This story was originally published by the WND News Center.
Accused of spreading “misinformation,” outspoken COVID-19 vaccine critic Dr. Peter McCullough is facing the loss of his board certification in cardiology and internal medicine.
In a video interview with WND (embedded below), the world-renowned cardiologist and epidemiologist – with 677 scientific publications to his credit – explained he is now engaged in a rigorous appeal process at great expense personally as well as professionally.
“I can tell you this is unprecedented. We’ve never had a federal board like this, recommend that a doctor become decertified because of political reasons,” he told WND.
“There is no complaint regarding my critical care. No complaint regarding my board scores.”
After launching an initiative on COVID “misinformation” in September 2021, the American Board of Internal Medicine targeted statements McCullough made to the Texas Senate the previous March and to the media. In May 2022, the board sent a letter to McCullough accusing him of spreading misinformation. McCullough crafted a 20-page response, citing the evidence for each statement he made, and requesting that he be allowed to attend a meeting about his case. The board denied his request and last month sent him a letter informing him that the meeting had taken place and the board had decided to remove his credentials. He has until Nov. 18 to file his appeal.
Meanwhile, McCullough has been terminated from his editor-in-chief roles in two different journals, Reviews in Cardiovascular Medicine and Cardiorenal Medicine.
“With no due process, no courtesy phone calls, no editorial board meetings, I simply received an email, a letter, saying that I was terminated as editor-in-chief,” he said regarding the latter journal.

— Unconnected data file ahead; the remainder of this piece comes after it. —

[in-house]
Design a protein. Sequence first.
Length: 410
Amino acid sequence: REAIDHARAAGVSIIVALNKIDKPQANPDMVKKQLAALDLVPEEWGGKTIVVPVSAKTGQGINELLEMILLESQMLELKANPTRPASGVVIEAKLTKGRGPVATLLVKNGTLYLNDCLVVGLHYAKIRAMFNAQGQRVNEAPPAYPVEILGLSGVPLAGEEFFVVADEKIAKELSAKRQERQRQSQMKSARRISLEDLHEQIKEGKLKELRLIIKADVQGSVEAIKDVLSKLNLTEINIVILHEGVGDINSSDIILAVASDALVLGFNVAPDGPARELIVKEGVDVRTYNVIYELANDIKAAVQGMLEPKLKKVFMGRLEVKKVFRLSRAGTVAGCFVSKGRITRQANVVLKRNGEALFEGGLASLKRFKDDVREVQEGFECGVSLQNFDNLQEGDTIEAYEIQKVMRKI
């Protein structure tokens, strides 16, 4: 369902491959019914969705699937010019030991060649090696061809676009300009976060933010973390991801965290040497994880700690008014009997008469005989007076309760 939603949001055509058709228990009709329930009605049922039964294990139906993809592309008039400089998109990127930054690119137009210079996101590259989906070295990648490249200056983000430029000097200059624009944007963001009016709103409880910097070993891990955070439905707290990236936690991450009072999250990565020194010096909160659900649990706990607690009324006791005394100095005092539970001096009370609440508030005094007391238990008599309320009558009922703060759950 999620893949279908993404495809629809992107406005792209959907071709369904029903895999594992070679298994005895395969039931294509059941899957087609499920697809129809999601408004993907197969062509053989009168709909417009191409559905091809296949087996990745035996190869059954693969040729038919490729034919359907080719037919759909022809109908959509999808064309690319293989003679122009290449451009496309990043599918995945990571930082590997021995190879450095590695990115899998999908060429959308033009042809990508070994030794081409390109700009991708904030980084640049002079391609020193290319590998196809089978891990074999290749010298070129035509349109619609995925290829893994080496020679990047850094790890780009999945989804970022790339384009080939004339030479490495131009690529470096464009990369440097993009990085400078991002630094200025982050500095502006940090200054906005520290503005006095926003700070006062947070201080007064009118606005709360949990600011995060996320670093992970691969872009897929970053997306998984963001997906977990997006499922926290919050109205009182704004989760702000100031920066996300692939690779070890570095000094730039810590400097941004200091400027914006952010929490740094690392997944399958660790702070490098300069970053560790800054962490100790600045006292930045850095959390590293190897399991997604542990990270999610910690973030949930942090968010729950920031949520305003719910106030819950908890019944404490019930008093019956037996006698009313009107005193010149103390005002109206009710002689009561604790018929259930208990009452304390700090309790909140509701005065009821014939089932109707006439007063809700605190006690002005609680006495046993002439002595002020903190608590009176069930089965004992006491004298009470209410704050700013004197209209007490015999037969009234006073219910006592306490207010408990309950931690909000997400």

The letter “thanked me for my years of service, but no explanation, and I can tell you that never happens in academic medicine.”
In 2021, McCullough’s scientific opinions on issues such as how the SARS-CoV-2 virus is spread, the case fatality rate, early treatments, masks, lockdowns, and vaccines led to Baylor University Medical Center firing him. And three other academic institutions cut their ties with McCullough: Texas A&M College of Medicine, Texas Christian University, and University of North Texas Health Science Center School of Medicine.
WND asked McCullough to comment on a new California law that allows medical boards to punish doctors – including license removal – who contradict the “scientific consensus” on COVID-19.
He said it “basically means the end of a lot of professional careers.”
Some doctors who have spoken with him privately about the law, McCullough said, have decided they will no longer see COVID patients.
“Fundamentally, when patients see doctors they get opinions,” he argued. “And then they go to other doctors and they get second opinions.”
And, moreover, the “scientific consensus” has changed throughout the pandemic, particularly on the effectiveness of vaccines.
“Many of the things the CDC now says, as an understanding of the science,” said McCullough, “were things that I was asserting in public venues well over a year ago.”
In the hourlong conversation with WND, McCullough also weighs in on:
- The startling, apparent increase in unexplained “sudden deaths,” which he believes is tied to the vaccines;
- The Atlantic article calling for pandemic “amnesty”;
- What the latest studies find about the risk of myocarditis in young people from the vaccines;
- The ineffectiveness of the new bivalent booster and the indication that it increases the risk of infection;
- The CDC adding the COVID mRNA vaccine to the childhood vaccine schedule and how the move has put health freedom and the health of children on the ballot in the upcoming midterms;
- What the new Congress might do to bring accountability and reform in the wake of the pandemic.
McCullough, along with Yale University Medical School emeritus professor Dr. Harvey Risch and others, recently launched The Wellness Company, a membership-based, holistic, prevention-oriented approach to health care through telemedicine and, eventually, through in-person consultation as well.